Did You Know You Can’t Donate Blood if You Aren’t Married?

If you’re single and sexually active, you’ll have a helluva time trying to donate blood for a loved one.

5 min read
Blood donation in India is horribly skewed across sexist lines. (Image altered by The Quint)

(This story was published on The Quint on September 10, 2015. In it, The Quint’s journalist Urmi Bhattacheryya recounts her harrowing experience of blood donation at the Fortis hospital in Noida. The story was written to bring to light the many shortcomings that still exist in the blood donation process in India – sexism being one of them. It is being reposted in honour of International Blood Donor Day on October 1.)

If you’re a single woman who’s desirous of donating blood and have had sex with more than one partner, chances are you’ll be shown the door quite unceremoniously. Meanwhile, a married woman? Also desirous of donating blood? Gets to go in immediately and shed that blood to save a life.

The rules that regulate blood donation in India are horribly skewed across sexist lines, and if I hadn’t ventured out to donate blood one fine afternoon, I would perhaps never have learnt this.

Last Thursday, my colleague and I rushed to Fortis Hospital at Noida, Sector 62, to donate blood to a person who needed it. We filled out identical forms with near-identical information – except that there was one dissimilarity: she checked ‘married’ while I did not. The two-page form is fairly basic: it asks you to check boxes with questions under medical history, and another section purely related to sexual factors – such as, whether you’ve had sex before, whether you’ve practised safe sex, et al.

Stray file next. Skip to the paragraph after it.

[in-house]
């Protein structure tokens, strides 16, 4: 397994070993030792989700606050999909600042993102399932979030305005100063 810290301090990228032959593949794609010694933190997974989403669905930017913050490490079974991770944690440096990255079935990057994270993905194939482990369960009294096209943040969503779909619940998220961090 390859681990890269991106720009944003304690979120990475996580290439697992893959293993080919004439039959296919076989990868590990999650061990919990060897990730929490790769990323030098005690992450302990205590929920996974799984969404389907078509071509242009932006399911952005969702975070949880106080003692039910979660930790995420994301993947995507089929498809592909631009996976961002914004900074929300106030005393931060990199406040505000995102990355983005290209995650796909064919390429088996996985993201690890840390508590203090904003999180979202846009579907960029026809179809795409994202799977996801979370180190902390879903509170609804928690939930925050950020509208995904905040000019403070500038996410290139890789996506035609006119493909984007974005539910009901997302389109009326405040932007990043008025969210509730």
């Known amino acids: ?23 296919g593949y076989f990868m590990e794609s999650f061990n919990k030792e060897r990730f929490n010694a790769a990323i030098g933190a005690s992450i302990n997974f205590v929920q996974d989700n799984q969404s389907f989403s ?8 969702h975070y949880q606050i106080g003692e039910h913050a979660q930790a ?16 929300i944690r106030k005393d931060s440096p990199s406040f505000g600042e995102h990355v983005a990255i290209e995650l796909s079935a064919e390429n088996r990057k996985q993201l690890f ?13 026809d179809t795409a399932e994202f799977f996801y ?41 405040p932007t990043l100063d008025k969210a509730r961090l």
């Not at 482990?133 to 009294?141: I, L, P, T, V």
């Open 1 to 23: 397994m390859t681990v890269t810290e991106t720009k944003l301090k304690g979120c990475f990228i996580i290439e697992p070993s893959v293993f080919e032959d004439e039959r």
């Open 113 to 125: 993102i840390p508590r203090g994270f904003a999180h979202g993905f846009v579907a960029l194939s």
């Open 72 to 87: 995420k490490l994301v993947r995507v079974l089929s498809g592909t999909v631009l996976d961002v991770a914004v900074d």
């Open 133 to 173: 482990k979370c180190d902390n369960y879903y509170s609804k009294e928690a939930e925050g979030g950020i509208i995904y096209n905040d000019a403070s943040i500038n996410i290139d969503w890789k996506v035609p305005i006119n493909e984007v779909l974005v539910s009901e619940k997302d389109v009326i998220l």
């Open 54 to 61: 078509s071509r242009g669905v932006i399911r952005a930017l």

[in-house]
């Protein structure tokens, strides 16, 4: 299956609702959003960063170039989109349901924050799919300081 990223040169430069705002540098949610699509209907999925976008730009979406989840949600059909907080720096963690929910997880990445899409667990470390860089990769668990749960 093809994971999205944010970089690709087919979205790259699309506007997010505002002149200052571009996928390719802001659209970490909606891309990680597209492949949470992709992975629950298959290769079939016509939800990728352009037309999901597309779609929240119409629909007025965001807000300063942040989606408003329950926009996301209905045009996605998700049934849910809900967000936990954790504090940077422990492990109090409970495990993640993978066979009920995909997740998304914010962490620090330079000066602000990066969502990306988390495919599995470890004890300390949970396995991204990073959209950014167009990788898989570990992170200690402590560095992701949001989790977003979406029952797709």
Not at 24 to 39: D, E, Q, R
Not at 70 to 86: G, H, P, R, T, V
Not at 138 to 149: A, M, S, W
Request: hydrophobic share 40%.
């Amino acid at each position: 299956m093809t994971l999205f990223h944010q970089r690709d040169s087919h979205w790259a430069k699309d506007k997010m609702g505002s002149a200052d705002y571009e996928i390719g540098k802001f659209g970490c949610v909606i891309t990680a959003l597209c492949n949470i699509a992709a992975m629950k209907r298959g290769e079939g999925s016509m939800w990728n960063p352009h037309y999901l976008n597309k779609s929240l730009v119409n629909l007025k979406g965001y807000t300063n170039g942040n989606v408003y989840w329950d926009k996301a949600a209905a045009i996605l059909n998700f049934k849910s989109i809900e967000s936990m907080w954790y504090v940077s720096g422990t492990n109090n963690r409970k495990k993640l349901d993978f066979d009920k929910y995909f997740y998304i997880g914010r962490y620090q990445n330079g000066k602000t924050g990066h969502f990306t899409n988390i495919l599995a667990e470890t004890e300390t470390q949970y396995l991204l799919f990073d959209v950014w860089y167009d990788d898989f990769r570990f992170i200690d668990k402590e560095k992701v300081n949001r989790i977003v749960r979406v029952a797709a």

The ‘Sexual History’ section of the Fortis Hospital blood donor form.
The ‘Sexual History’ section of the Fortis Hospital blood donor form.

Unmarried and Sexual

When our respective turns came to walk in through the various rounds of checks, my colleague took less than a minute to be shown in through the doors where she might donate. When it was my turn, I submitted to the usual weight and haemoglobin checks (12.9 – that’s excellent, I crowed within), before finally being shown into a chamber where a female doctor sat ready to ask me more questions.

Having satisfied herself on all other fronts, she now asked me about my sexual history.

“I know this is an embarrassing question – and I hope you won’t take it the wrong way,” she hedged, “but are you married?”

“No,” I told her simply.

“I see here that you’ve marked ‘yes’ to having had sex before.”

“That’s correct, but I’ve always practised safe sex.”

“So how many sexual partners have you had?”

“I’ve had three,” I told her. “Prior relationships. But I’m not with anyone right now.”

“Aaaah,” she sat back and pursed her lips. “Well, I’m glad you’ve been so honest and upfront about this, but I’m afraid I have to defer you because you’re a high risk factor.”

(Photo: iStock)
(Photo: iStock)

Why, I asked her. I’d just told her I’d had safe sex at all times, had I not. What if I had lied? Told her I’d never been sexually active? Would the hospital have investigated and if not, would not such a ‘liar’ have been able to donate in any case? She smiled awkwardly and explained that she supposed such a person would be able to donate but since the blood would be treated and checked anyway before giving it to the patient, it would have been fine, really.

“Well then, wouldn’t you be checking my blood, anyway? After I’ve donated?”